Whats the difference between Treated Fabric and Inherent Fabric?
The main difference between Treated Arc FR and Inherent Arc FR Fabrics is the process that is used at the final stage in order to make the product flame resistant.
But which type of fabric should you opt for given your working environment?
When it comes to choosing protective clothing to work in an electrical environment, it’s important that you consider the fabric that you are choosing as this can have an impact on how effective they are at keeping you safe.
Inherent and treated are two terms that are most frequently used to distinguish between fire resistant fabrics.
What are Treated Fabrics
Treated FR fabrics undergo a process during manufacturing that adds flame resistance onto the fabric fibres. Cotton fabric is treated by being given a flame resistant chemical application after it is woven together.
This treatment will chemically change the fabric and give it a flame resistant finish for a limited number of washes.
What are Inherent Fabrics
Unlike treated fabrics, inherent fabrics do not have to undergo any type of process in order to make them flame resistant and are instead composed of fibres that are already innately flame resistant.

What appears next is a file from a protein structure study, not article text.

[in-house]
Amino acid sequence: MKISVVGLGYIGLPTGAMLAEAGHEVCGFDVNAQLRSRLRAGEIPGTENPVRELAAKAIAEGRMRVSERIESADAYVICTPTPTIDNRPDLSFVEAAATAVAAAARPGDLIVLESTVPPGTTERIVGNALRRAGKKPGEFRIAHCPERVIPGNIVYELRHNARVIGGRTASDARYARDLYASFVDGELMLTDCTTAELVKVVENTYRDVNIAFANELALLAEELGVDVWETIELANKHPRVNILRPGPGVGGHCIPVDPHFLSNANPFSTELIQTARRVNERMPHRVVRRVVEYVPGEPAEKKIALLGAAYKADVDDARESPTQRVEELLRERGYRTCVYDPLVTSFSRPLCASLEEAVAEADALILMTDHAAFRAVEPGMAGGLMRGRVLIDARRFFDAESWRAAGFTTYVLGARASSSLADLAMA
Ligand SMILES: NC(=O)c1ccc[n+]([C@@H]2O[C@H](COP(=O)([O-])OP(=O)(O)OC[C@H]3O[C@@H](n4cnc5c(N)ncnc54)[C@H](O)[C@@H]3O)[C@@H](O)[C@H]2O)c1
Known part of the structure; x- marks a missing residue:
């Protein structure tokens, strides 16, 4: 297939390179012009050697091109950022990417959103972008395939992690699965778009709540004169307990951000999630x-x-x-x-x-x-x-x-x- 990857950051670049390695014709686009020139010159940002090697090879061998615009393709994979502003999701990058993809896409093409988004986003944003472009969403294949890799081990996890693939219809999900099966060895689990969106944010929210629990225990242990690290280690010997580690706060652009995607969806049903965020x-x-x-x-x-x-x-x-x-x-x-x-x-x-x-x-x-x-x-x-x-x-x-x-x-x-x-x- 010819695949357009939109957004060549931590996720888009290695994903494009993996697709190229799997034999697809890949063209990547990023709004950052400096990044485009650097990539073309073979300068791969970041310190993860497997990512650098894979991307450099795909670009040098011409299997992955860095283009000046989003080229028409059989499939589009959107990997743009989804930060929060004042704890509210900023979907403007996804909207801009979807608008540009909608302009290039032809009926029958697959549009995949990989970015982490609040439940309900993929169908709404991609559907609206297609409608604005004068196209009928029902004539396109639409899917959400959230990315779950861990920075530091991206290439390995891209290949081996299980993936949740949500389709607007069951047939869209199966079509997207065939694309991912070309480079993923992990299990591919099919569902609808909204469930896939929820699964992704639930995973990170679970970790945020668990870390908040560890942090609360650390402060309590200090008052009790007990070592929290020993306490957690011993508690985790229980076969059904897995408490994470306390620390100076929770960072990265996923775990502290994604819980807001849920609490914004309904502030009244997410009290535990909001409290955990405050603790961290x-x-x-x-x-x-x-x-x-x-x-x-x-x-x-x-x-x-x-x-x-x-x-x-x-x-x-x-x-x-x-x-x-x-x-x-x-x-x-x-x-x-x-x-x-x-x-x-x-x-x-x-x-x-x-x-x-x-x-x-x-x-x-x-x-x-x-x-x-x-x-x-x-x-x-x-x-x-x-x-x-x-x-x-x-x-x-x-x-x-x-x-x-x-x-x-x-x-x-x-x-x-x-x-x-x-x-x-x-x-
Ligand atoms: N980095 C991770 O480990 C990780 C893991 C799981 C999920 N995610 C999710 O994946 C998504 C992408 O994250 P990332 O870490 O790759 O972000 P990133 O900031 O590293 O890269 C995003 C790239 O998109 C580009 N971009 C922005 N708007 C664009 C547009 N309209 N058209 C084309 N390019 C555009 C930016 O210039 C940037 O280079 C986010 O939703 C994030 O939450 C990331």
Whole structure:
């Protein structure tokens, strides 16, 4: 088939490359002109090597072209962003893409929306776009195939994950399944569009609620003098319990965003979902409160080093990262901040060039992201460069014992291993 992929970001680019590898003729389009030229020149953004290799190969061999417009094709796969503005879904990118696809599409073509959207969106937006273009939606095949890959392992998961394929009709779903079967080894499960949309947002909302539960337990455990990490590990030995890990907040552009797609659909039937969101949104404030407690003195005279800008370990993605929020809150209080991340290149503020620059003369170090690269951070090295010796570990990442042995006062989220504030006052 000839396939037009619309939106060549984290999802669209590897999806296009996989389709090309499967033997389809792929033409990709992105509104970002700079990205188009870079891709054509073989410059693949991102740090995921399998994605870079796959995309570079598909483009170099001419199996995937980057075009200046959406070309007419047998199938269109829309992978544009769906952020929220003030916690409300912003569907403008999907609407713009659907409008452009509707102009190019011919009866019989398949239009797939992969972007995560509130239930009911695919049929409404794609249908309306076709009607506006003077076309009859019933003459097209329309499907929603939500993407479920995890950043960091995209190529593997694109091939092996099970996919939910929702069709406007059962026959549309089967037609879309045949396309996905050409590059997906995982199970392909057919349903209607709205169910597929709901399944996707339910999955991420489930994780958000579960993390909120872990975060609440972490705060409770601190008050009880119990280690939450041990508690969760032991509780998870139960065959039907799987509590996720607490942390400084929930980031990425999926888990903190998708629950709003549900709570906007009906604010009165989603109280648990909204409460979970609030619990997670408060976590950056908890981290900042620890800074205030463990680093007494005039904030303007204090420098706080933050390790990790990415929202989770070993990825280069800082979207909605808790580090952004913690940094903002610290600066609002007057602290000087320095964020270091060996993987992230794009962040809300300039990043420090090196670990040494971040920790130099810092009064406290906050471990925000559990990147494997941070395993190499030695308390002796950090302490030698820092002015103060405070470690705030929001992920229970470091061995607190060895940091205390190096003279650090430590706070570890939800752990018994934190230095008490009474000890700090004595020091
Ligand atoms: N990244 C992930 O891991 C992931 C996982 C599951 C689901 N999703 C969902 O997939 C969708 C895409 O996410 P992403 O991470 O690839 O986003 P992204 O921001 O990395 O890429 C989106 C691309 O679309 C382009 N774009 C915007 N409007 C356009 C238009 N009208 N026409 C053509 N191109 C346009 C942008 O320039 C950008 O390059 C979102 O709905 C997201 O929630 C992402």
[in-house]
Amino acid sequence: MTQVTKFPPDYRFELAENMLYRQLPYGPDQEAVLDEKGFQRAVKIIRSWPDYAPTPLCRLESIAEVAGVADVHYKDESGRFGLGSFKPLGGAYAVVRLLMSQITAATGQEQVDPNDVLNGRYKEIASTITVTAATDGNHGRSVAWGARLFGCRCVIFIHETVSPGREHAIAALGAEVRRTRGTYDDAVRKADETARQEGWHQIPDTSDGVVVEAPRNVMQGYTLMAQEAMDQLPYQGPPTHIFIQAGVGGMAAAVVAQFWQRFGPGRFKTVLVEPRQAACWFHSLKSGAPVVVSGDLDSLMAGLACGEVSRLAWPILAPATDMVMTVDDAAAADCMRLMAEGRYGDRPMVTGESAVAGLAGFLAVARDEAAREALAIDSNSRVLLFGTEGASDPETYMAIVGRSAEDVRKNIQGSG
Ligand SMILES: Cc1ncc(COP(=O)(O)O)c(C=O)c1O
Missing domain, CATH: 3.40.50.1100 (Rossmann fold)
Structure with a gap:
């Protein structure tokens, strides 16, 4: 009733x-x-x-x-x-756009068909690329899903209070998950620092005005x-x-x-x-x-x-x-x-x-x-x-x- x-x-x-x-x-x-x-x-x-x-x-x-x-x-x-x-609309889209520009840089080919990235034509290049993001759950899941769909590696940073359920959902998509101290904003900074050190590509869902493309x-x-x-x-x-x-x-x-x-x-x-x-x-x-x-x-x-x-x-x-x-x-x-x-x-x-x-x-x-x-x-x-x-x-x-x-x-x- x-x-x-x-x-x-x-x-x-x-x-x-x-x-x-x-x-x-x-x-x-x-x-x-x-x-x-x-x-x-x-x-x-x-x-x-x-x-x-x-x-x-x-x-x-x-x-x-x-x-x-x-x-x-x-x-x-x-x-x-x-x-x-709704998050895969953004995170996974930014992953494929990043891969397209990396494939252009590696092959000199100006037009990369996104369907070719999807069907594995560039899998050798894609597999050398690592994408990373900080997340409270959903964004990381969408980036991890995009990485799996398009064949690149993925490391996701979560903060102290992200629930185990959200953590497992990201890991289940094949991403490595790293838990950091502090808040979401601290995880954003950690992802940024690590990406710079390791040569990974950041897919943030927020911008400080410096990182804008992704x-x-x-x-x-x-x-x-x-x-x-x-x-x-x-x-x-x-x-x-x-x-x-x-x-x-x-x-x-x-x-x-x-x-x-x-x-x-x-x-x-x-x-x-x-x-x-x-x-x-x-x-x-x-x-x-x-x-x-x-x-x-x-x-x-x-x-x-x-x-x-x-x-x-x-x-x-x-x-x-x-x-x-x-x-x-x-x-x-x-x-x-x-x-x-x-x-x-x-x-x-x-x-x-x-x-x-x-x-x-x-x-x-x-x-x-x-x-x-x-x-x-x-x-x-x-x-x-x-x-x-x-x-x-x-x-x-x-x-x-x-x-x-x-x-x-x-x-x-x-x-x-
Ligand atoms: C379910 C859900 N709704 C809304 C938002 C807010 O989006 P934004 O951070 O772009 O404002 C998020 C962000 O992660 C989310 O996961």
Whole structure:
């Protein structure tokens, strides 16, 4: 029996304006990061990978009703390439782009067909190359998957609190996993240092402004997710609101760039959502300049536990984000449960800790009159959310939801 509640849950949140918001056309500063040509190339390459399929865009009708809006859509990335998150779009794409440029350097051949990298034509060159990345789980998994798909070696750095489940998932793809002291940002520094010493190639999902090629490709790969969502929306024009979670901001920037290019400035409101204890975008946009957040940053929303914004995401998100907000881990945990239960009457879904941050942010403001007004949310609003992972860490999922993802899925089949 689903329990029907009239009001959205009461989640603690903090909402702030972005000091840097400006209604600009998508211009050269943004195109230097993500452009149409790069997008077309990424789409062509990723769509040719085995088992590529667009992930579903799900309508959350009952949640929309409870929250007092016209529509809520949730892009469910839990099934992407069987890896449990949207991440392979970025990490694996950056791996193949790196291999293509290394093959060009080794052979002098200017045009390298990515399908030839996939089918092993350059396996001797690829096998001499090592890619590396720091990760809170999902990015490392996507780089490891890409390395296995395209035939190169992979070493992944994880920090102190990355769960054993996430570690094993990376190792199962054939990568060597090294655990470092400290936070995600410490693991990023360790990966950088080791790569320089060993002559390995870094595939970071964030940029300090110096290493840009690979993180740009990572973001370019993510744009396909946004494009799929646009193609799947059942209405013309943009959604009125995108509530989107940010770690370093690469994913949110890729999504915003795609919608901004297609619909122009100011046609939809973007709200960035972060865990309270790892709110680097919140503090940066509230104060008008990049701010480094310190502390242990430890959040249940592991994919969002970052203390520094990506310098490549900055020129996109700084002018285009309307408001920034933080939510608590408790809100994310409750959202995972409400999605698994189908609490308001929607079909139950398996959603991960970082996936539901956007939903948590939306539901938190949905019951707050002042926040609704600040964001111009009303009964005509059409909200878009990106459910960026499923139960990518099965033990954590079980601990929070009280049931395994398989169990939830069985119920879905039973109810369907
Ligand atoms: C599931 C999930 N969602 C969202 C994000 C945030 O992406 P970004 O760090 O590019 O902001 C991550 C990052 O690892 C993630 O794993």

These properties cannot be diminished through use or laundering, meaning that the product will remain effective and wearable for as long as the user requires it.
Which fabric is more effective
Both of these fabrics offer protection against the dangers of working as an electrical engineer, but inherent fabrics will score higher in terms of the longevity of garments, which is ultimately what matters the most when you are choosing work apparel.
This gives peace of mind knowing that once the has been issued to the wearer that regardless of how many washes or how old the clothing is, it still gives the same level of protection as the first day it was worn.
This will reduce the need to replace items and will ensure that workers always remain safe. You should always be sure to following laundering instructions and avoid using bleach, fabric softener or starch to clean your protective garments, as this can mask the fire-resistant properties of the clothing.